The Republican Tuesday used his executive authority to form the group. It'll seek ways to prevent waste in state- and federally funded Medicaid , the state employee's health insurance and even costs of caring for inmates in Illinois prisons. Rauner says the cost of state-run health care programs increases when no one watches to stop abuse and fraud.

Gov. Bruce Rauner has created a task force to root out waste, fraud and abuse in taxpayer-funded health care programs.  The Republican signed an executive order to implement that group, which will also seek ways to prevent waste in state- and federally funded Medicaid and employee health insurance programs. 

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 A federal judge has ruled a program providing in-home services to seniors is covered by Medicaid and should be funded even though there's no Illinois budget because of a political stalemate.

 Stephanie Altman is with the Sargent Shriver National Center on Poverty Law. She says U.S. District Judge Joan Lefkow issued the ruling in Chicago on Wednesday.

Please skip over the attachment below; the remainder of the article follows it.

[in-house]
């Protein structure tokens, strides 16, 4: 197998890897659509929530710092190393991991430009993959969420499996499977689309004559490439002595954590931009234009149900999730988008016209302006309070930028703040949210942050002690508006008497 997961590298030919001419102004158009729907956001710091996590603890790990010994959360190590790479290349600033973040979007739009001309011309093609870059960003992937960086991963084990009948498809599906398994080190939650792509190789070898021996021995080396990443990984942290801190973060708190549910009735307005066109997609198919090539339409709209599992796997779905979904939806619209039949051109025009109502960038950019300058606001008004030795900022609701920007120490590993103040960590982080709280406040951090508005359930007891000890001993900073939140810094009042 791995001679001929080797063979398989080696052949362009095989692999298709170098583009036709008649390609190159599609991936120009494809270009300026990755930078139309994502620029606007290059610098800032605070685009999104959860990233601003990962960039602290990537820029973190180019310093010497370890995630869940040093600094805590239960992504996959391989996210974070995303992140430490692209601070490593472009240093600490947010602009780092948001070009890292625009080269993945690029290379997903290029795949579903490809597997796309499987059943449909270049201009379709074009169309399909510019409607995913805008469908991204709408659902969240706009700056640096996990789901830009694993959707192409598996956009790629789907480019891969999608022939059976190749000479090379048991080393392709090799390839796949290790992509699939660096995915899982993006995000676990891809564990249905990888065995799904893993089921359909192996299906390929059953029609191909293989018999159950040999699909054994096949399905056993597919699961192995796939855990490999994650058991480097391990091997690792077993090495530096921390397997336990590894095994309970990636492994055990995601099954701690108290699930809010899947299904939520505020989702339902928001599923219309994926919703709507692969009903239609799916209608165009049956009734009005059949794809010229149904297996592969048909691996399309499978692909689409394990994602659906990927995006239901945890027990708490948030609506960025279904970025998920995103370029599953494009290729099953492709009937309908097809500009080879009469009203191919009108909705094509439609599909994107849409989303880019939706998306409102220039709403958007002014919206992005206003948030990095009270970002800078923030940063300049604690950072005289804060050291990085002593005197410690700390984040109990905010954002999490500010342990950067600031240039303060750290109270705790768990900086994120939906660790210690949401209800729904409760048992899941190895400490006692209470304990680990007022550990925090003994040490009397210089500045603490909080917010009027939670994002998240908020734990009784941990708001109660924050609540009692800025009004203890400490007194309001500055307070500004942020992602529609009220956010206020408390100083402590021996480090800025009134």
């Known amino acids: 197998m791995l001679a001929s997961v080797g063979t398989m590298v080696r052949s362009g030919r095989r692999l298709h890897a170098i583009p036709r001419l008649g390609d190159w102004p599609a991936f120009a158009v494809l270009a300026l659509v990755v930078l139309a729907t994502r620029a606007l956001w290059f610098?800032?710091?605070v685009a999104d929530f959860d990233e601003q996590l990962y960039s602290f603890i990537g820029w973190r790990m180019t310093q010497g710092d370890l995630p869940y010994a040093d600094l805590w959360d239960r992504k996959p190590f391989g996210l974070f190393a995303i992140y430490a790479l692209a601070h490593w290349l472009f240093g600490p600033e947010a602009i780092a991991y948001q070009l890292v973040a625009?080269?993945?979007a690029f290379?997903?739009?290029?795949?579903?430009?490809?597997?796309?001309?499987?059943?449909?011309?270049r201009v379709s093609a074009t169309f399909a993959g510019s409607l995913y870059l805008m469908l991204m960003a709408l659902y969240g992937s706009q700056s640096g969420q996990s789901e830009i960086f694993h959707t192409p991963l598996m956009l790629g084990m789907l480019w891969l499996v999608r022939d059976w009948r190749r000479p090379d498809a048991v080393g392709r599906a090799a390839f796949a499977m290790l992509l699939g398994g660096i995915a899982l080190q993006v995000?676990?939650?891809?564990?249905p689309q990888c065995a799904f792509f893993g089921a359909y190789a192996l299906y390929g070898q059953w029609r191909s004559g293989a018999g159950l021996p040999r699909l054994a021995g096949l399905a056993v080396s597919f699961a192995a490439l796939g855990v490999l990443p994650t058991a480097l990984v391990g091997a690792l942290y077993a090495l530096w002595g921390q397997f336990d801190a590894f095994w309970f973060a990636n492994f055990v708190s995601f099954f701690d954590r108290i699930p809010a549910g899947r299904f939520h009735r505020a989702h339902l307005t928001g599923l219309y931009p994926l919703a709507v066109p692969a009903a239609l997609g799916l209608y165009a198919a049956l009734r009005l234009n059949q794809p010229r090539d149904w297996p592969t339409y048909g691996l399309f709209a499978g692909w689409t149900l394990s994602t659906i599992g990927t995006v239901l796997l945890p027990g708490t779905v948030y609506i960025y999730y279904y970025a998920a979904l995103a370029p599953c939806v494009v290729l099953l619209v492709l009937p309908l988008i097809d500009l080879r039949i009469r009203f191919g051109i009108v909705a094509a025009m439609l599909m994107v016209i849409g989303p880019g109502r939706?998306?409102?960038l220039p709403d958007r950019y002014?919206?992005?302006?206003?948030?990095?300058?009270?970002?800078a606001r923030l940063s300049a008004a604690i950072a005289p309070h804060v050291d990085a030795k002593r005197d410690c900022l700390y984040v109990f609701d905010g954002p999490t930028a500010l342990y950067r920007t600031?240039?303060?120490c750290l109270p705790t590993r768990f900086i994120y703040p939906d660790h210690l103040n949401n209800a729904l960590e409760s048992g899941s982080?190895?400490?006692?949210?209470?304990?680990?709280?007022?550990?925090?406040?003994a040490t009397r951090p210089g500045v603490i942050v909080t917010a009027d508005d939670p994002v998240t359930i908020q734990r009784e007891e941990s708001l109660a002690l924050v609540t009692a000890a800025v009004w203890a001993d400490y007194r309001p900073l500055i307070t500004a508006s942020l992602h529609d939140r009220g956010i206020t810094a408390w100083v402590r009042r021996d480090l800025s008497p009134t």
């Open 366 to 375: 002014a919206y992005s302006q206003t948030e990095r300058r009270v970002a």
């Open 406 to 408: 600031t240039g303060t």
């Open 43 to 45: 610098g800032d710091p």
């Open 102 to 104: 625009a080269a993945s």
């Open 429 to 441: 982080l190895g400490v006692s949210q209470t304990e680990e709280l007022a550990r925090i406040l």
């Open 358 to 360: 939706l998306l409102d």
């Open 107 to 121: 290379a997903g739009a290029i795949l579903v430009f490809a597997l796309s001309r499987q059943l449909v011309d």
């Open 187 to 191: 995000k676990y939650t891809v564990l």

Altman says the Community Care Program serves 89,000 seniors. It provides homemaking assistance which allows them to avoid costly nursing home care. 

Illinois lawmakers' attack on heroin abuse is law despite a partial veto by Gov. Bruce Rauner. 

The sponsor of legislation intended to curb heroin abuse says he'll try to override Governor Bruce Rauner's partial veto.

Attorneys for Illinois’ comptroller are expected to be in court today to respond to allegations they’re in contempt.  The office is being sued for not paying court-mandated services for developmentally disabled residents. 

Gov. Bruce Rauner has returned legislation to the General Assembly that attempts to curtail heroin overdoses, fearing a burdensome cost to the state.